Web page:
DescriptionMy mother was born in rural West Virginia in 1917 and was a young girl when the Great Depression hit. In order to feed their family of eight children, her family grew an abundance of fruits and vegetables. My mother married at the beginning of World War II learning to live with rationing. So gardening was in her blood.
My family was never well off, so her gardening became our way of life. She would always plant an array of vegetables, “putting them up” for the winter months. But her passion was flowers. However, she didn’t always have the money for that extravagance, so her flower garden was planted with cuttings from friends and neighbors. When she did have a little extra for annual seeds, she planted them with delight, always saving the seeds at the end of the season. One year when I was young, I remember helping her to collect the seeds. She told me they would be planted the next spring and we would have more flowers. The next spring I helped her plant her collection of cosmos, marigold and zinnia seeds. I would check the garden every day to see what came up. I was so excited to see the flowers finally starting to bud. Then it happened…they finally opened. And what a surprise! There was the most beautiful flower I had ever seen. But what was it?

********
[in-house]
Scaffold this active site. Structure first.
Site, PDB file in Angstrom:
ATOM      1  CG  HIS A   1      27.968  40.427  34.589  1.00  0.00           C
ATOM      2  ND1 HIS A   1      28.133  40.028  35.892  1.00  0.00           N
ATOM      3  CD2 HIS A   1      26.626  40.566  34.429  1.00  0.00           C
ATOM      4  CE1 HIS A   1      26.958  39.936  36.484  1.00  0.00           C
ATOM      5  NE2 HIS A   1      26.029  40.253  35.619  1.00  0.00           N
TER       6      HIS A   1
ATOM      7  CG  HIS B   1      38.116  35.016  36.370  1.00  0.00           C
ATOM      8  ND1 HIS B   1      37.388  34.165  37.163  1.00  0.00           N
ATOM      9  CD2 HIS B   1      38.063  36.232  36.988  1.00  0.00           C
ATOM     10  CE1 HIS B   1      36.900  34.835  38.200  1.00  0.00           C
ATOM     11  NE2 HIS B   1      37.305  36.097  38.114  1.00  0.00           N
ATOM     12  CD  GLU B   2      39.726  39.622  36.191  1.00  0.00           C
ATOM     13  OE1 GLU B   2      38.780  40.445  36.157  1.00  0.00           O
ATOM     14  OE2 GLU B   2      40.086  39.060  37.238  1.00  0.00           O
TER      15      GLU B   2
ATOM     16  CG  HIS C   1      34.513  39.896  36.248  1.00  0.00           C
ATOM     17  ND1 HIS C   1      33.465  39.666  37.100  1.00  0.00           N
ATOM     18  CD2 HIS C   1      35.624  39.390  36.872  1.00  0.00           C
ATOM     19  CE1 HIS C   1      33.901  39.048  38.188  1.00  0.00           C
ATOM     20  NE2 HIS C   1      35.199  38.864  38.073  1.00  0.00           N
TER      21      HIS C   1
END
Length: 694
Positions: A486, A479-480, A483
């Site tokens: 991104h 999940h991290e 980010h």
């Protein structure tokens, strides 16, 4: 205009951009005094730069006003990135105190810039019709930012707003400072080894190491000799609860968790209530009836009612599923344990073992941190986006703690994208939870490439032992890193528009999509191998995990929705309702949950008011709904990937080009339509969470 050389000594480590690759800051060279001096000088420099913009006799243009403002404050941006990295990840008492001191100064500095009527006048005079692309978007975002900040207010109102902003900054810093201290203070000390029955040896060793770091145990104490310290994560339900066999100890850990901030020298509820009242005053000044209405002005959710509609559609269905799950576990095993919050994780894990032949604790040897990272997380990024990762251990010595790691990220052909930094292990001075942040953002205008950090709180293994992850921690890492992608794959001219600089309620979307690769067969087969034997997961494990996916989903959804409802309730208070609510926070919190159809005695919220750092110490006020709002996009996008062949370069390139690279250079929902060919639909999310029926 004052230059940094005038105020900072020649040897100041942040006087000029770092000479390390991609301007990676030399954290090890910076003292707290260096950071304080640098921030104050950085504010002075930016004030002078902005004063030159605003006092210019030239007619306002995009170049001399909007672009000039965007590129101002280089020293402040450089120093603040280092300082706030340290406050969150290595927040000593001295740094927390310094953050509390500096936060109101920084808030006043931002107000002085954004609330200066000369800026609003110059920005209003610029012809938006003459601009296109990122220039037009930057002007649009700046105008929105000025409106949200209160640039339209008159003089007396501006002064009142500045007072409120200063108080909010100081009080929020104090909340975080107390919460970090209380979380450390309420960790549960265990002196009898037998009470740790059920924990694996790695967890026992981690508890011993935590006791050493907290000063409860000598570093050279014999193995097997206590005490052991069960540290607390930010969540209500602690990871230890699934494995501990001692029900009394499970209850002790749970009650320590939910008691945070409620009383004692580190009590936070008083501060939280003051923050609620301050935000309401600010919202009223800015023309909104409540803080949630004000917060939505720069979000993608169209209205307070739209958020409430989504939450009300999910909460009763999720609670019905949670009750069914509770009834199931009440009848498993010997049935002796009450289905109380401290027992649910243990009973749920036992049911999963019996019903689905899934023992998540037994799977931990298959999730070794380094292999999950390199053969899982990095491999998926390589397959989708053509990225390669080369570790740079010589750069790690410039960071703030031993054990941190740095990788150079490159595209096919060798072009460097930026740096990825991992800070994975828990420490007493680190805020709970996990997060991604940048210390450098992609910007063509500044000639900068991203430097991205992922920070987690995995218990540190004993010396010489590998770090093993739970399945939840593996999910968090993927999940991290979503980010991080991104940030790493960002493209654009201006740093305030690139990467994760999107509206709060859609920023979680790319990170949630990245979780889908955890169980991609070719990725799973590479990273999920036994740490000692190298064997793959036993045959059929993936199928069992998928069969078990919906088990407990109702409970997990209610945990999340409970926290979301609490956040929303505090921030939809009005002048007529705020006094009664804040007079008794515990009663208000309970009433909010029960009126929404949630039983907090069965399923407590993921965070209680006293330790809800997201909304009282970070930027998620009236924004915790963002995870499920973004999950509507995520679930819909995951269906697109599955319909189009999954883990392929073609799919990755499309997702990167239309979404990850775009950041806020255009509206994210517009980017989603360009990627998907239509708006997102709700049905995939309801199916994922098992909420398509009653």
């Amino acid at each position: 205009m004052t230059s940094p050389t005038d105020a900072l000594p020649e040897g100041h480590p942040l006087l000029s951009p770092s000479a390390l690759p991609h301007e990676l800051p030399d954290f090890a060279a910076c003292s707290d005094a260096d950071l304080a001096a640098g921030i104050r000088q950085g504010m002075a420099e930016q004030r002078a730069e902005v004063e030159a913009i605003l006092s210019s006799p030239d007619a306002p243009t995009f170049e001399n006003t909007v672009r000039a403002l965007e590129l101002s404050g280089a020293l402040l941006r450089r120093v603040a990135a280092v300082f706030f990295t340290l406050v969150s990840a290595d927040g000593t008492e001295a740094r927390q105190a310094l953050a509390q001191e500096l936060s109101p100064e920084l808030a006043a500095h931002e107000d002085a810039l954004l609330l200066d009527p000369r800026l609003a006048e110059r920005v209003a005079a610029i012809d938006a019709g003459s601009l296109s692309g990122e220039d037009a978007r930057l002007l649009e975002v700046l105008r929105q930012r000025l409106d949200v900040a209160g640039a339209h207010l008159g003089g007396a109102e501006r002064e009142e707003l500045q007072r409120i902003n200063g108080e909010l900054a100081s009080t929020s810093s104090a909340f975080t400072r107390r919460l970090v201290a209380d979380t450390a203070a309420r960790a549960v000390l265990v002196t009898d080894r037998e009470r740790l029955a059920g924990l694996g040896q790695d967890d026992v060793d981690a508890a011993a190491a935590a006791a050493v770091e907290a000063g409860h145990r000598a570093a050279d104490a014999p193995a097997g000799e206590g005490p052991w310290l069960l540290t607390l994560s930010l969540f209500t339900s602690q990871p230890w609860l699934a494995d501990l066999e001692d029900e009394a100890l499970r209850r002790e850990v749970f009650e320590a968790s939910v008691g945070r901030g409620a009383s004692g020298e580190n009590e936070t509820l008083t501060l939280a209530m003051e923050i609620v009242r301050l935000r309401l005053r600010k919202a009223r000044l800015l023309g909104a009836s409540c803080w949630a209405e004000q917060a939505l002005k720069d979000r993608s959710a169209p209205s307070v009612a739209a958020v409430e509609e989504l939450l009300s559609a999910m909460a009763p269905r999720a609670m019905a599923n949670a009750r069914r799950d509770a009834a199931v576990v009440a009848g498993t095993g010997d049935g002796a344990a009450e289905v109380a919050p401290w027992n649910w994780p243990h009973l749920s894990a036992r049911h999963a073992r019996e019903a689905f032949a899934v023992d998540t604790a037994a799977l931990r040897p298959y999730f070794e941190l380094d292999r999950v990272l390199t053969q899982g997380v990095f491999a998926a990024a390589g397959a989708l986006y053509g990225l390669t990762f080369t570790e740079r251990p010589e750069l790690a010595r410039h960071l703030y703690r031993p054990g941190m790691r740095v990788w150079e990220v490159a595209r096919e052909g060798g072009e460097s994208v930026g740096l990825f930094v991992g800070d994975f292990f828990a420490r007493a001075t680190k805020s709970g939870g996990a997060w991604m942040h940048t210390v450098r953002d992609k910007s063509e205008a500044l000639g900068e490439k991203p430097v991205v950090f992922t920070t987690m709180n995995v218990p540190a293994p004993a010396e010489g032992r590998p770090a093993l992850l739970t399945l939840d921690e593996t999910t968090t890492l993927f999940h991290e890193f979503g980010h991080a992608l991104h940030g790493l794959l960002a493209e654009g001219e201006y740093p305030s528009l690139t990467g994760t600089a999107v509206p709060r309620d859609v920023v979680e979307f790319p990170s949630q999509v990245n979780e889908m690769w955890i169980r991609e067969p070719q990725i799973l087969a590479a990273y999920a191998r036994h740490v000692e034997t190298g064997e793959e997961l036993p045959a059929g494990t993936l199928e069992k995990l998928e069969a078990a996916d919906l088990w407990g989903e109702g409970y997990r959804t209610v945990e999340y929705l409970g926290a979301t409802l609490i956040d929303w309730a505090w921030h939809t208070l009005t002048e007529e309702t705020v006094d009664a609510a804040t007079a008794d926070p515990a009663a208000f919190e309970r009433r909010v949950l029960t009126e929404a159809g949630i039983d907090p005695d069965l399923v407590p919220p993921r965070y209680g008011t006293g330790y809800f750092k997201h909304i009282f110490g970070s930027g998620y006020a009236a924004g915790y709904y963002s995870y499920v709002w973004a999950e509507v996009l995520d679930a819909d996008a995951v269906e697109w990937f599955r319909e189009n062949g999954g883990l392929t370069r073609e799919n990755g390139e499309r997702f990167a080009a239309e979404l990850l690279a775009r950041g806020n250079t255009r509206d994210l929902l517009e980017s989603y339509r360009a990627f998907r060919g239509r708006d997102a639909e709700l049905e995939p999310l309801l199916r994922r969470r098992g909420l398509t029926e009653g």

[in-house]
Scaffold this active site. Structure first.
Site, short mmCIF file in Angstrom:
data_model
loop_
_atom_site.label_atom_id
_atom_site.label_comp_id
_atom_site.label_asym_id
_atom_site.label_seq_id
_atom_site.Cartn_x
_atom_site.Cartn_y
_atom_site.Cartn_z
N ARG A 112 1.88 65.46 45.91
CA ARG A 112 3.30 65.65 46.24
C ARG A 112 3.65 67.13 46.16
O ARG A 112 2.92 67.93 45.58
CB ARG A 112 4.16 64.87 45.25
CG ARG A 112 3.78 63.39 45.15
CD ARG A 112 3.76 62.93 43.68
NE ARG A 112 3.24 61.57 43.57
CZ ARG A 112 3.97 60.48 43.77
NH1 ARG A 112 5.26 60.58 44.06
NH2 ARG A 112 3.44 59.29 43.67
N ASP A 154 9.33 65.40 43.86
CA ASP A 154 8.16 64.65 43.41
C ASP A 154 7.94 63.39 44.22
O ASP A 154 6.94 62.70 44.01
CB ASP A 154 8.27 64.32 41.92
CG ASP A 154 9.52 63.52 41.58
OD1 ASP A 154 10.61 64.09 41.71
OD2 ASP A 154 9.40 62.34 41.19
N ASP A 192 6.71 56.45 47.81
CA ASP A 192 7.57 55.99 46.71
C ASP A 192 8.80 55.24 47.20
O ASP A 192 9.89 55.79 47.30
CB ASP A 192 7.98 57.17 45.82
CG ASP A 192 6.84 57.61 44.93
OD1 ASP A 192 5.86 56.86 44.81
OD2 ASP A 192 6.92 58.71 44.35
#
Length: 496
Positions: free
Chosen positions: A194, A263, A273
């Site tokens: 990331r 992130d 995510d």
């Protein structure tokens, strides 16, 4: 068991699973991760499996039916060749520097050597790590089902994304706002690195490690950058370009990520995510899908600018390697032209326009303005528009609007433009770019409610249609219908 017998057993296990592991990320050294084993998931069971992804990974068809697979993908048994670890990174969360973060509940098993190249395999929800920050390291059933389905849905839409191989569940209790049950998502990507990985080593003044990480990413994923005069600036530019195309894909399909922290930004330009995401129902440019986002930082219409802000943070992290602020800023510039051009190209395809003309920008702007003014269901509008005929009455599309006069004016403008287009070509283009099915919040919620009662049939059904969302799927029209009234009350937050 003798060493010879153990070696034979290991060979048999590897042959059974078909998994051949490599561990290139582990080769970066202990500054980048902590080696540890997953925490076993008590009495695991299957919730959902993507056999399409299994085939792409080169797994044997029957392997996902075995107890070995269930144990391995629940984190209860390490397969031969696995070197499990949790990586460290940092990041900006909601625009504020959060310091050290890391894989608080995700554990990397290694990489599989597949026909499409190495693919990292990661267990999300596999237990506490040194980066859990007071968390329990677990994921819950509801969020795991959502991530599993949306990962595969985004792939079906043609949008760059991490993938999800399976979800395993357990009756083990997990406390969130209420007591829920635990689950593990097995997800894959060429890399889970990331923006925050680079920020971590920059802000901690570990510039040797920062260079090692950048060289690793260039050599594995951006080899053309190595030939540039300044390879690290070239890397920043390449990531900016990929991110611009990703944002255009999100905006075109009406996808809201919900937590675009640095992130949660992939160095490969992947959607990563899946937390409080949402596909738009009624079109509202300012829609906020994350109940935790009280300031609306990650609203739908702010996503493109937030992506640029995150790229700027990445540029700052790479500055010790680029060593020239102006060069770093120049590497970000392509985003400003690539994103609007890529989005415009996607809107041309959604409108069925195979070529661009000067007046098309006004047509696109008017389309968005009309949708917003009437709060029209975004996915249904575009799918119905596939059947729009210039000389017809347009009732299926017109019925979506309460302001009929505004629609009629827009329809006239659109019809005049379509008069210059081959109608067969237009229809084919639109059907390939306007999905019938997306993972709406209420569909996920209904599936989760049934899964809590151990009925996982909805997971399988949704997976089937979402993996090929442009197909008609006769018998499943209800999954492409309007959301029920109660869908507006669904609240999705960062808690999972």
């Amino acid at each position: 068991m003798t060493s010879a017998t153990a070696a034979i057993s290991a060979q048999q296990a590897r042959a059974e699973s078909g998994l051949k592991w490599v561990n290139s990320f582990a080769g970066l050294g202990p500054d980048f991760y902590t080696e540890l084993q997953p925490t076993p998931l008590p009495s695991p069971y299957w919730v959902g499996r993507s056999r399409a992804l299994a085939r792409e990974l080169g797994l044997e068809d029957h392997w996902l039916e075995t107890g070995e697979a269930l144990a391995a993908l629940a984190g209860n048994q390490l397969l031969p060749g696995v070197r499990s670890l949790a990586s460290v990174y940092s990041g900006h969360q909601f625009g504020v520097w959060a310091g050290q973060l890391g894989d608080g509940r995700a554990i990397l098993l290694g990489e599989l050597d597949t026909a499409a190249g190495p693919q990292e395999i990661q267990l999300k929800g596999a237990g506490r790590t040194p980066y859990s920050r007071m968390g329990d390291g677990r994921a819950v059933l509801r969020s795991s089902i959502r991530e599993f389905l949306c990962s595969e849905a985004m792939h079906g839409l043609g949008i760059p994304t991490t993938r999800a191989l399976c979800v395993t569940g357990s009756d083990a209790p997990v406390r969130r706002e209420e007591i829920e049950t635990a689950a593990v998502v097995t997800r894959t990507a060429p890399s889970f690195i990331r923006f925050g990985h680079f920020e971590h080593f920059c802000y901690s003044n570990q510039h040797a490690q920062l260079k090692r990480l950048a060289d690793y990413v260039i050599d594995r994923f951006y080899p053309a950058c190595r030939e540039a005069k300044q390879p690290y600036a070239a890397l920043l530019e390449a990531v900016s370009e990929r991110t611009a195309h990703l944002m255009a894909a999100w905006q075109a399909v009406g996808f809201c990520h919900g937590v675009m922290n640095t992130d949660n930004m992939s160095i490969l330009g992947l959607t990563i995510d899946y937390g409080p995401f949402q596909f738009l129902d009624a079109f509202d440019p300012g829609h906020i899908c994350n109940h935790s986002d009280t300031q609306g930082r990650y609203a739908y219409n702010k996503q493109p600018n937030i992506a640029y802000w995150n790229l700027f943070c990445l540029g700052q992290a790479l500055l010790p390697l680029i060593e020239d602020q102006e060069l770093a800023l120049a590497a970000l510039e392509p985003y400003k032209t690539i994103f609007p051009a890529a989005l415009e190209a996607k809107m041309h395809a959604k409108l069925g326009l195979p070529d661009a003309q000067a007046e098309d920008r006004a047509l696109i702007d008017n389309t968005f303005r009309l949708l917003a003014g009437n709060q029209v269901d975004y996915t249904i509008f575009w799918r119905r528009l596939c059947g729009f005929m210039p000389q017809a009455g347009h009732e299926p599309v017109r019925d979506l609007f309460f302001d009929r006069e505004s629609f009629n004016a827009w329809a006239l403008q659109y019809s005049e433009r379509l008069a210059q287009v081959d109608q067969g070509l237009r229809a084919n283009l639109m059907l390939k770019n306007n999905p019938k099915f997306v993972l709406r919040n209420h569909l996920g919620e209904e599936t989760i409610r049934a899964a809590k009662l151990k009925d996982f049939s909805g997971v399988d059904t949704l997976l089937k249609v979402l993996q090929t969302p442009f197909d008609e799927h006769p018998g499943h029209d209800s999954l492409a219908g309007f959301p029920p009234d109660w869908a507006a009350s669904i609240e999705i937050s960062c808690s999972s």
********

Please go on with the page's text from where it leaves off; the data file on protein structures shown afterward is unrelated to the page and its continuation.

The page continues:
I ran into the house and almost dragged her outside to show her the wonderful, strange flower. When my mother saw it, she said she did not know what it was either. It was pink with a single round of large petals on the outside and a mound of closely packed short petals in the center. She said to her it looked like a cosmos that had crossed with a zinnia. I can remember several neighbors coming to see the wonderous new flower! It graced our garden for several years before the seeds were lost in a move. Sadly, we never took a picture of it, but I can still see it clearly in my mind’s eye.